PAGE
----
The client subsidiary ledgers for P.D. indicated that Edinger had received a $1,500 settlement check on P.D.’s behalf and had subsequently issued P.D. a trust account check for the same amount. However, Edinger had not received any such funds on P.D.’s behalf. The payment made to P.D. was to settle a dispute over the adequacy of Edinger’s representation.
Likewise, the client subsidiary ledger for T.E. indicated that Edinger had received a $1,208.92 settlement payment on T.E.’s behalf. The ledger reflected that Edinger had paid the $1,208.92 settlement benefits to T.E. Edinger had not received a settlement payment on T.E.’s behalf. In fact, the $1,208.92 payment to T.E. was paid to resolve a dispute about the adequacy of Edinger’s services.
The client subsidiary ledger for D.M. was also false. According to the ledger, Edinger received $2,500 on D.M.’s behalf, and then issued her a check for that same amount. But Edinger did not receive funds on D.M.’s behalf. Edinger issued D.M. a trust account check for $2,500 to resolve a dispute about the adequacy of Edinger’s representation.
On July 14, 2004, the Director filed a petition for disciplinary action. The Honorable Bruce W. Christopherson, Eighth Judicial District, was appointed referee. The referee issued his findings, conclusions and recommendation for discipline on December 27, 2004. The referee found that between January 2001 and August 2002
[Edinger] inappropriately used his trust account as a business/personal account by: (a) disbursing numerous trust account checks in direct payment of personal and/or business expenses; (b) repeatedly depositing his own funds into the account to pay his tax obligations, his secretary’s salary and other personal and/or business expenses; and (c) making cash withdrawals from the account.
The referee further found that Edinger had not complied with Lawyers Professional Responsibility Board Opinion No. 9 from “at least January 2001 to August 2002” by failing to maintain proper trust account client subsidiary ledgers, trial balances, and reconciliations.
To arrive at a recommendation for discipline, the referee considered factors weighing positively in favor of and negatively against Edinger. The positive factors considered were (1) the lack of prior discipline, (2) the lack of actual monetary loss or risk of loss to any client, (3) that none of the funds removed from the trust account should have remained in the trust account, and (4) the relatively small amounts at issue. The negative factors considered were (1) the possible deleterious effect upon any of Edinger’s personal or business creditors, and (2) Edinger’s intentional misleading of the Director during the investigation.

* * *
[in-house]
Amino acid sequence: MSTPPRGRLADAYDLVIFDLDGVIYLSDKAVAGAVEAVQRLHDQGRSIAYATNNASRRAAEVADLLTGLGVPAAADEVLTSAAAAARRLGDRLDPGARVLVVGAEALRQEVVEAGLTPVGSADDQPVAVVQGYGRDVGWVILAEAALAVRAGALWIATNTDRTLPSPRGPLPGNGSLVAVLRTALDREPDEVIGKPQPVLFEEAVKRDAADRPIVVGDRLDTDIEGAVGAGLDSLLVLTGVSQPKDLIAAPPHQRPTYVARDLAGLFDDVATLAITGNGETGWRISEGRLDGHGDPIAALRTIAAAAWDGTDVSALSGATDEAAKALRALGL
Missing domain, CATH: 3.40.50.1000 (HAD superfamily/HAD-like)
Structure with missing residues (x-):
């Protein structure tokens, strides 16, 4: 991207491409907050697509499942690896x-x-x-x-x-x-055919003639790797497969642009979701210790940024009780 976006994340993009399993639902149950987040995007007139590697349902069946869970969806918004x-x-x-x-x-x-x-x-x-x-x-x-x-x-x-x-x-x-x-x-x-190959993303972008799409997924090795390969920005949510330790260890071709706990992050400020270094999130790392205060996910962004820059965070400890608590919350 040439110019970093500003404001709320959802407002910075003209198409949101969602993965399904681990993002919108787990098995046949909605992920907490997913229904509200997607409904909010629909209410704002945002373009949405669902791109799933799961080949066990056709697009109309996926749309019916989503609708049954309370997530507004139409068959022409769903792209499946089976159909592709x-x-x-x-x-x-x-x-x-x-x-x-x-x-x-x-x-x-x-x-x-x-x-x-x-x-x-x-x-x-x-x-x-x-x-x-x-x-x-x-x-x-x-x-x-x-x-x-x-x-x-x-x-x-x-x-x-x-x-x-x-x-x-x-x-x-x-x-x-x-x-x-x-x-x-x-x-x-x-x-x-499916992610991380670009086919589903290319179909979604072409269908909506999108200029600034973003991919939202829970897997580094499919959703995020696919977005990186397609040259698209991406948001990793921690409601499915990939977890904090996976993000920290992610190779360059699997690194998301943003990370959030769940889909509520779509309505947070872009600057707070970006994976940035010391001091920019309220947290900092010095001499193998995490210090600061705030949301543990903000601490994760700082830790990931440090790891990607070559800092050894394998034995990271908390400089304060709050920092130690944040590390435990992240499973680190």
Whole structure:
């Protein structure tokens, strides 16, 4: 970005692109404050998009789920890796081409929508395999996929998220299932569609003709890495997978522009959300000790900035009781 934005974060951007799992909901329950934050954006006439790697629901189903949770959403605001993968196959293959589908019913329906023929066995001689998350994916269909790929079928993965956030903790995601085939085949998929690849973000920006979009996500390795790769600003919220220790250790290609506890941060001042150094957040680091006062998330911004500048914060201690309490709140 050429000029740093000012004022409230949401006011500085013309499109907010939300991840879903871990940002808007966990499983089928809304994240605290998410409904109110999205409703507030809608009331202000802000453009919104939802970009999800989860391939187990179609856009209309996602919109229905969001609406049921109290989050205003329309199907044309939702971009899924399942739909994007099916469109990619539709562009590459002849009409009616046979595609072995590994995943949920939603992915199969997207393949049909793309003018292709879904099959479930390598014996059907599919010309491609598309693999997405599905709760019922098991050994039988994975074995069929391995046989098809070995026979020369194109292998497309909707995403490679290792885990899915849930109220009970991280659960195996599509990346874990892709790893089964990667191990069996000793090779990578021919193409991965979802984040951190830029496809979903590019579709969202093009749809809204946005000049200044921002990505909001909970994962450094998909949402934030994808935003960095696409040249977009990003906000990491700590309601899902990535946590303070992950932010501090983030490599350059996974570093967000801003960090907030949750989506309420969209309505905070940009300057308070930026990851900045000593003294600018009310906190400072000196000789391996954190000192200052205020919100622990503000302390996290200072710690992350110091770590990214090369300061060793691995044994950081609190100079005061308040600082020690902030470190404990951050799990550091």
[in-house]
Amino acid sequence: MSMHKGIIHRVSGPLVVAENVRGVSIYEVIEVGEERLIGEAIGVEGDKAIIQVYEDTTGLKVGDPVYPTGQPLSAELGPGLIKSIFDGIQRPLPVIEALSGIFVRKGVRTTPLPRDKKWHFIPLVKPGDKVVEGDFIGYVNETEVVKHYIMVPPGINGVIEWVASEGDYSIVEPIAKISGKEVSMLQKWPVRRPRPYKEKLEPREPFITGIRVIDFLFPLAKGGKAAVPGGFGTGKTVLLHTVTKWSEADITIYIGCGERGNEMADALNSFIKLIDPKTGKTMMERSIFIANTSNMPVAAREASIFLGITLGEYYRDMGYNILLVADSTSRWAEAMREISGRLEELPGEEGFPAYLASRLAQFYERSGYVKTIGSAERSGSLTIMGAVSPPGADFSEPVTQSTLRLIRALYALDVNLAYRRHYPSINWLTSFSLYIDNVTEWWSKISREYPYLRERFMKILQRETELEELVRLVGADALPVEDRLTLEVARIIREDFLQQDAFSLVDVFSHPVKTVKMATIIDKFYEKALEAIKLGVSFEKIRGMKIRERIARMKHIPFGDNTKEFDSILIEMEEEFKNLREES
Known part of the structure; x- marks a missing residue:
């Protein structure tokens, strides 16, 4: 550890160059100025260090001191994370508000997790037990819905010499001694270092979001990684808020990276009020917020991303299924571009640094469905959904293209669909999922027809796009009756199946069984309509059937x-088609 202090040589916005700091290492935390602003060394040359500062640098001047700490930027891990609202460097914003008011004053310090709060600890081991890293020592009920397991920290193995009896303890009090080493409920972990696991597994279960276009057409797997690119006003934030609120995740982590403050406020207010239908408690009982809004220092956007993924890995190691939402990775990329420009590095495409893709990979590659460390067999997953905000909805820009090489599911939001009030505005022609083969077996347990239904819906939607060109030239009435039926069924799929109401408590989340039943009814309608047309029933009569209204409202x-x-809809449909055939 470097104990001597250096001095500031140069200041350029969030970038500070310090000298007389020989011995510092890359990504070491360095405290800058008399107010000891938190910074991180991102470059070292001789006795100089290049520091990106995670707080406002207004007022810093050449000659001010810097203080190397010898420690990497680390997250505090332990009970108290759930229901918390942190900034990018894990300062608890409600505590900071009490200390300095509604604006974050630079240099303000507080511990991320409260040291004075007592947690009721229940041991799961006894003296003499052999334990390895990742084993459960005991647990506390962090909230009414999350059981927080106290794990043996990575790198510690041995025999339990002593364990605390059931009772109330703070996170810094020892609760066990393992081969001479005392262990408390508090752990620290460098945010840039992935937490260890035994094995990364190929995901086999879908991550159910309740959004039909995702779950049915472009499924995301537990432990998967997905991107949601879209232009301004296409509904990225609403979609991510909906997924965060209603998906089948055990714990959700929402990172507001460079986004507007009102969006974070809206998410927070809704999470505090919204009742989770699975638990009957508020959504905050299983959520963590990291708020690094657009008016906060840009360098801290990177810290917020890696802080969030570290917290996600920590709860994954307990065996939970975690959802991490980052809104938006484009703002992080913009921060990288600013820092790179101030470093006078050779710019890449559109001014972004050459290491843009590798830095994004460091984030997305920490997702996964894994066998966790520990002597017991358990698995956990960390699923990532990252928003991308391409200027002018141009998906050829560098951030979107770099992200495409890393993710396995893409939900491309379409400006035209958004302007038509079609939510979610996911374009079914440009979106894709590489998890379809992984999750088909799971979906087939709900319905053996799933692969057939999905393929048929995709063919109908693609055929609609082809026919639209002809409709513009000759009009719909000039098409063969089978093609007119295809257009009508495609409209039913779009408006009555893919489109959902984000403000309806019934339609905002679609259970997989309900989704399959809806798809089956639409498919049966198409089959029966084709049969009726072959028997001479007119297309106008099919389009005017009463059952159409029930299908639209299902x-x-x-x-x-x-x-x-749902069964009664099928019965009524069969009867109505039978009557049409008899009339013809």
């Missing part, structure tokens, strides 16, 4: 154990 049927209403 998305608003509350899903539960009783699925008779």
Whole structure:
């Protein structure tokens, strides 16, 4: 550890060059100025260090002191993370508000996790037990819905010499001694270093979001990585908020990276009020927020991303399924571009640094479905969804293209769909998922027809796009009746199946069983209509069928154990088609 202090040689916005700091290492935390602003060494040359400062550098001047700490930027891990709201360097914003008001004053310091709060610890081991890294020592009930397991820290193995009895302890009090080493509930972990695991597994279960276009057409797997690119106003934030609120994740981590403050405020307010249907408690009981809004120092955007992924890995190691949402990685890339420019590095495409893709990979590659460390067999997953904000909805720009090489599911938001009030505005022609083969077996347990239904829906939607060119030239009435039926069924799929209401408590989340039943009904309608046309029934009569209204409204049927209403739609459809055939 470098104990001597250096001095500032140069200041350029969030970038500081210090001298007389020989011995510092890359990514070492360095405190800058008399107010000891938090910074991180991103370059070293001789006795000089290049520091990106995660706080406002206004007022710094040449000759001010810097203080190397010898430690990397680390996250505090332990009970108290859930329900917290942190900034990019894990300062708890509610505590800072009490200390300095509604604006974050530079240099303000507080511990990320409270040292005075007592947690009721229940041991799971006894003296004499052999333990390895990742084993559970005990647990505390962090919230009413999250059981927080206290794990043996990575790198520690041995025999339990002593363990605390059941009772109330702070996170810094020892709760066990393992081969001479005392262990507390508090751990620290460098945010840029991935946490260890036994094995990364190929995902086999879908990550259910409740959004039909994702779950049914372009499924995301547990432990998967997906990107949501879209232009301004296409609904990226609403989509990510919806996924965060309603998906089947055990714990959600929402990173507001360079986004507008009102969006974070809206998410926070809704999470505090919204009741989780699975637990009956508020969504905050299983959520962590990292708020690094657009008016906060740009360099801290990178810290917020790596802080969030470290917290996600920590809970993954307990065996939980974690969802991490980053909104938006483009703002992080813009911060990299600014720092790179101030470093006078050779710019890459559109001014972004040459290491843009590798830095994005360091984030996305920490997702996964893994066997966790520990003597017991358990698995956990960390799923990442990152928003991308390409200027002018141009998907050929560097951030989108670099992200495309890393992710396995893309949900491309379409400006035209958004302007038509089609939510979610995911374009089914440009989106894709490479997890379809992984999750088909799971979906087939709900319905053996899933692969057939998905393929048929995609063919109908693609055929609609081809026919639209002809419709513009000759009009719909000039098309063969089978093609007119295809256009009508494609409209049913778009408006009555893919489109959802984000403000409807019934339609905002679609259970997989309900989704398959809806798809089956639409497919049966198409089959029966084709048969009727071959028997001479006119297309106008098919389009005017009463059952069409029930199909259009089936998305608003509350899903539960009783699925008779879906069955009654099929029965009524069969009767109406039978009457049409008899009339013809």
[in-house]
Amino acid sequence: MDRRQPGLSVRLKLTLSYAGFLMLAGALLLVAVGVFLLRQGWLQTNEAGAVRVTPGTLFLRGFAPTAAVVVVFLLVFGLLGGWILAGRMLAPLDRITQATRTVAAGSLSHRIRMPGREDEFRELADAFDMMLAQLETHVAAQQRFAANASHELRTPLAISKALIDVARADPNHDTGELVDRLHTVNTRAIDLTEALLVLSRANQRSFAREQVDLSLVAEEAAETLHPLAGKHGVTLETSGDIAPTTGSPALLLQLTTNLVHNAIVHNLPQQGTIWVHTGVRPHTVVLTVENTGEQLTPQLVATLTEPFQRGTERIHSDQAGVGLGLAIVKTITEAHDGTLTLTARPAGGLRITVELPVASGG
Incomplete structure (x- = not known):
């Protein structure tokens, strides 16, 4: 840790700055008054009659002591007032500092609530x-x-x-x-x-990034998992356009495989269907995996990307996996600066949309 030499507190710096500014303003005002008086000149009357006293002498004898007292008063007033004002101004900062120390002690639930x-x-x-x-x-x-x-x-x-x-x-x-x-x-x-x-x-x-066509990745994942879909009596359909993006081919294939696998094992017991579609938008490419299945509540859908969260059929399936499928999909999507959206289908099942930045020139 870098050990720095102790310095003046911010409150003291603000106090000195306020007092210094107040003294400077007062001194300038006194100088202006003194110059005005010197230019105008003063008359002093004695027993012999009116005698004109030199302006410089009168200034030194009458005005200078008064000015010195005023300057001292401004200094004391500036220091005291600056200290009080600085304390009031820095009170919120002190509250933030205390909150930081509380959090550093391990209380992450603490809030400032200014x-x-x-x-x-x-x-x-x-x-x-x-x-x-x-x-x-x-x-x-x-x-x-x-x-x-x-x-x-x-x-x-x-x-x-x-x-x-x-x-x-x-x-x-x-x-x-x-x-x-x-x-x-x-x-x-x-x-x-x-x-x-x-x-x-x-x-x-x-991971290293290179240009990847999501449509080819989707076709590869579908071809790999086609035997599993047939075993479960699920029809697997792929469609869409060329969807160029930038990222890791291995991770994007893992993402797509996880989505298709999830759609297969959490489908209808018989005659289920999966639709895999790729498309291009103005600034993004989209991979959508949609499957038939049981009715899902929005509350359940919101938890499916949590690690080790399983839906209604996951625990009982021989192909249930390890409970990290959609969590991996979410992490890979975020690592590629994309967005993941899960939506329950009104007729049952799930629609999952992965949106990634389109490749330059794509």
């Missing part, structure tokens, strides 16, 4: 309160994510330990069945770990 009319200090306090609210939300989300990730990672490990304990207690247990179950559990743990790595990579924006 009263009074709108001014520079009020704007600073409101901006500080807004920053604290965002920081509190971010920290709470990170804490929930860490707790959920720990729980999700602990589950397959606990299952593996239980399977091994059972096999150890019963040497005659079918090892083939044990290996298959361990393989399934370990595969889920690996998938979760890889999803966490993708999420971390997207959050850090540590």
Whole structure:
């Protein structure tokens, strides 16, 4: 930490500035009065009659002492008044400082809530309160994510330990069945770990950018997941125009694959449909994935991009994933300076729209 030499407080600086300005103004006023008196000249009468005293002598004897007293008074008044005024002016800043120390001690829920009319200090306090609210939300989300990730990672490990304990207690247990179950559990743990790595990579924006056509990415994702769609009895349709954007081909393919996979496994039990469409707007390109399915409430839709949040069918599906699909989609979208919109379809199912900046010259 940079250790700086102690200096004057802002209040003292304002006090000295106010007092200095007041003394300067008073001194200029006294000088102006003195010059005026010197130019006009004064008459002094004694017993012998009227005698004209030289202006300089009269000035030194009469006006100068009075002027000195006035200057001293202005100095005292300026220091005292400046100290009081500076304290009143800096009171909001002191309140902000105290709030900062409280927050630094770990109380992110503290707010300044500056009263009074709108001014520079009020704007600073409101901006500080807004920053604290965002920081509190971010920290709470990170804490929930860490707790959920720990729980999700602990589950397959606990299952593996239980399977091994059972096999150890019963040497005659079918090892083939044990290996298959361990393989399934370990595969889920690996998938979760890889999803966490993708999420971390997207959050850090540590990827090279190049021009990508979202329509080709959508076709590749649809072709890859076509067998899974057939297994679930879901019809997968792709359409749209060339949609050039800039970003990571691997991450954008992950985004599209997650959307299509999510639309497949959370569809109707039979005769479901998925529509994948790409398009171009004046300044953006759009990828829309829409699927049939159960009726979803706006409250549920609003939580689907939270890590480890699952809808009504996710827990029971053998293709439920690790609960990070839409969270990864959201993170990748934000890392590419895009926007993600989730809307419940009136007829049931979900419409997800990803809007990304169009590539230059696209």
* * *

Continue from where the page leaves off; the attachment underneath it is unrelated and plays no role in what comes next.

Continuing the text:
Ultimately, the referee concluded that Edinger had violated Minn. R. Prof. Conduct 8.1(a)(1) and 8.4(c)-(d) by providing false statements to the Director and preparing and submitting fictitious documents to the Director; Minn. R. Prof. Conduct 8.1(a)(3) and Rule 25, Rules on Lawyers Professional Responsibility (“RLPR”) by failing to cooperate with the Director’s investigation; Minn. R. Prof. Conduct 1.15(a) by using his trust account for personal purposes; and Minn. R. Prof. Conduct 1.15(h) and Lawyers Professional Responsibility Board Opinion No. 9 by failing to maintain the proper trust account books, records, and procedures. The referee recommended that Edinger be suspended from the practice of law for 3 months; be required to comply with Rule 26, RLPR; be assessed costs and disbursements pursuant to Rule 24, RLPR; and be required to comply with the reinstatement requirements of Rule 18(a)-(e), RLPR.
The Director does not challenge the referee’s findings or conclusions but disagrees with the referee’s recommended discipline and requested this court’s review. The Director requests an indefinite suspension for at least 6 months.
a referee’s recommendation for discipline carries great weight, we have final
responsibility for determining whether discipline is appropriate and, if so,
the type of discipline to be imposed. In re Jagiela, 517 N.W.2d 333, 335 (
The Director asserts that 3 months’ suspension is insufficient discipline for Edinger’s misconduct. The Director argues that Edinger’s conduct warrants an indefinite suspension of at least 6 months, emphasizing the seriousness of Edinger’s noncooperation and false statements. The Director relies on our prior disciplinary decisions that involved manufacturing documents to conceal misconduct. See, e.g., In re Peterson, 620 N.W.2d 29, 30 (Minn. 2000) (ordering 6 months’ suspension for fabricating a homestead waiver); In re Margolis, 570 N.W.2d 688, 689-90, 692 (Minn. 1997) (ordering 12 months’ suspension for forging client’s signature on workers’ compensation documents, completing a settlement without the client’s consent, and fabricating file notes to cover up the misconduct); In re Zotaley, 546 N.W.2d 16 (Minn. 1996) (ordering 6-month suspension for submitting insurance form from other client’s file); and In re Jagiela, 517 N.W.2d at 335-36 (ordering 6 months’ suspension for backdating an agreement and then producing it in discovery).